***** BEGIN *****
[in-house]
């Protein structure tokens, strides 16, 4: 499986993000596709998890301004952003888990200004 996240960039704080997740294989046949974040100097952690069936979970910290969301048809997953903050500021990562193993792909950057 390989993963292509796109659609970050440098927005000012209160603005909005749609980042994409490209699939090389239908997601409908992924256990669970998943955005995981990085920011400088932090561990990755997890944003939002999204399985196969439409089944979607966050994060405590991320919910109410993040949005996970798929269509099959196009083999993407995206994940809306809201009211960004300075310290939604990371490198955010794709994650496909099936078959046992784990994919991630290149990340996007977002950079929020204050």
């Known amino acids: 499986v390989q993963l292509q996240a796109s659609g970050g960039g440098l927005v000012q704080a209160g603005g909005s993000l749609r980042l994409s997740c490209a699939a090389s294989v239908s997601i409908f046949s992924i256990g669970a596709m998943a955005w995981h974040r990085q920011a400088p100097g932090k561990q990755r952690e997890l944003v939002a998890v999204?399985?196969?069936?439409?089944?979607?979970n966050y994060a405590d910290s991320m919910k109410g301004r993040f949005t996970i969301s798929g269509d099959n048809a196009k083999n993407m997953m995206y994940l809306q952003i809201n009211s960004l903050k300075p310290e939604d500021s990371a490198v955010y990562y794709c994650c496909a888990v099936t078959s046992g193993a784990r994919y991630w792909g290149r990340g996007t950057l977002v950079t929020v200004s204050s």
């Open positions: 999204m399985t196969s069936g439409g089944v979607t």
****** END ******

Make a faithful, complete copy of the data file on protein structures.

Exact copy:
[in-house]
């Protein structure tokens, strides 16, 4: 499986993000596709998890301004952003888990200004 996240960039704080997740294989046949974040100097952690069936979970910290969301048809997953903050500021990562193993792909950057 390989993963292509796109659609970050440098927005000012209160603005909005749609980042994409490209699939090389239908997601409908992924256990669970998943955005995981990085920011400088932090561990990755997890944003939002999204399985196969439409089944979607966050994060405590991320919910109410993040949005996970798929269509099959196009083999993407995206994940809306809201009211960004300075310290939604990371490198955010794709994650496909099936078959046992784990994919991630290149990340996007977002950079929020204050």
């Known amino acids: 499986v390989q993963l292509q996240a796109s659609g970050g960039g440098l927005v000012q704080a209160g603005g909005s993000l749609r980042l994409s997740c490209a699939a090389s294989v239908s997601i409908f046949s992924i256990g669970a596709m998943a955005w995981h974040r990085q920011a400088p100097g932090k561990q990755r952690e997890l944003v939002a998890v999204?399985?196969?069936?439409?089944?979607?979970n966050y994060a405590d910290s991320m919910k109410g301004r993040f949005t996970i969301s798929g269509d099959n048809a196009k083999n993407m997953m995206y994940l809306q952003i809201n009211s960004l903050k300075p310290e939604d500021s990371a490198v955010y990562y794709c994650c496909a888990v099936t078959s046992g193993a784990r994919y991630w792909g290149r990340g996007t950057l977002v950079t929020v200004s204050s």
């Open positions: 999204m399985t196969s069936g439409g089944v979607t």